It really is easier than it sounds, and I'm looking forward to seeing you all there and getting some scanning done!
Sunday, April 01, 2012
In order to find your family in the 1940 U.S. Federal Census when it is first released to the public on April 2, 2012, you will need to know where your ancestors at that time, as the census will not be indexed immediately. A team of volunteers is amassed, ready to start indexing, but it still will take some time! If you would like to help, please sign up here. City, county, rural and other directories will be helpful in figuring out where your ancestors lived in 1940, especially if you believe they moved after the 1930 census was taken. Using my Online Historical Directories site can assist you in this process; however, please remember that I do NOT have links to all the 1939 - 1941 city directories available online on my site YET. The rate at which directories are scanned and uploaded to the Internet is much greater than one person like myself can keep up with; even if I had a team, it would be impossible to stay ahead of the game! Here are some tips to help you find those directories and thus find your people on the 1940 U.S. Federal Census.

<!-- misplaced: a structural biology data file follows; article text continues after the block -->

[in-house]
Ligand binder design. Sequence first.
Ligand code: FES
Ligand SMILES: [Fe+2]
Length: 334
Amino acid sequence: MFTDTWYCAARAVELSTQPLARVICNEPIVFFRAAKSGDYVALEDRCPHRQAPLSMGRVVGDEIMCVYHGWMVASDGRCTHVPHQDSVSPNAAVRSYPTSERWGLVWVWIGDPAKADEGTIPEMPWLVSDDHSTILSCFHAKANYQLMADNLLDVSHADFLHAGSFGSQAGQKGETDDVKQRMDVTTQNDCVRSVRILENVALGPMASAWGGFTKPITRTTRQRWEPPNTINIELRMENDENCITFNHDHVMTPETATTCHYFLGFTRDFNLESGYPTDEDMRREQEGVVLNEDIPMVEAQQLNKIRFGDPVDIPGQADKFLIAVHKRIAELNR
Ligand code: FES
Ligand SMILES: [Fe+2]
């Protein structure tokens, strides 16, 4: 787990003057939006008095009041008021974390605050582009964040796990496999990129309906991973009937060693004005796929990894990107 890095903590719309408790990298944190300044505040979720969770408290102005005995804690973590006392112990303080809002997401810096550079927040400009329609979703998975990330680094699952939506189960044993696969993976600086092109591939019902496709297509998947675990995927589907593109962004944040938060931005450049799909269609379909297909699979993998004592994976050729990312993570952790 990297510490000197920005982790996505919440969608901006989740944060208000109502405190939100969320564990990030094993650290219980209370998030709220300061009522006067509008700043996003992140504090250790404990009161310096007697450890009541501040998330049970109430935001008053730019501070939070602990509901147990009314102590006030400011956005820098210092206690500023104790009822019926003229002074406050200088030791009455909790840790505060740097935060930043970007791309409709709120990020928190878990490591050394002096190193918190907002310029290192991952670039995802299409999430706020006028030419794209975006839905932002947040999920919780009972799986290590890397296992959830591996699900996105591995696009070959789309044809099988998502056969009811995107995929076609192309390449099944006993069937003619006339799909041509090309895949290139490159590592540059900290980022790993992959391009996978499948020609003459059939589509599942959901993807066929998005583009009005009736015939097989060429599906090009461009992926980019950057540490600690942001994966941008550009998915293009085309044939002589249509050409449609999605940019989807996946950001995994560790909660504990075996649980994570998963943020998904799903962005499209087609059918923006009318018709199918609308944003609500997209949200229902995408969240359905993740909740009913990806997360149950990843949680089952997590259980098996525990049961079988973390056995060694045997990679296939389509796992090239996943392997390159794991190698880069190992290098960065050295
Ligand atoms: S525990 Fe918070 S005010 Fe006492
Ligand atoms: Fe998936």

1. First, see if there are links to directories listed for the place in which your people lived and the time period of the late 1930s to the early 1940s on my Online Historical Directories site.
2. If you can't find links on my Online Historical Directories site for those directories, don't despair! Please read the list of online resources available. Chances are the directories are online somewhere and I just haven't been able to list the links on this site yet.
3. Check out Frequently Asked Questions number 4 and 5 on my FAQs page for help with offline directories and access to subscription sites that you may not have subscriptions to at the moment.
4. Don't forget to check out Steve Morse's Tutorial to help you find those Enumeration District numbers. Tip: Don't use the Back button on your browser, or you'll end up on his Home page. Use the Go Back to the Previous Page button that is at the BOTTOM of each step of the tutorial.
Best of luck in finding your ancestors and family member in the 1940 U.S. Federal Census!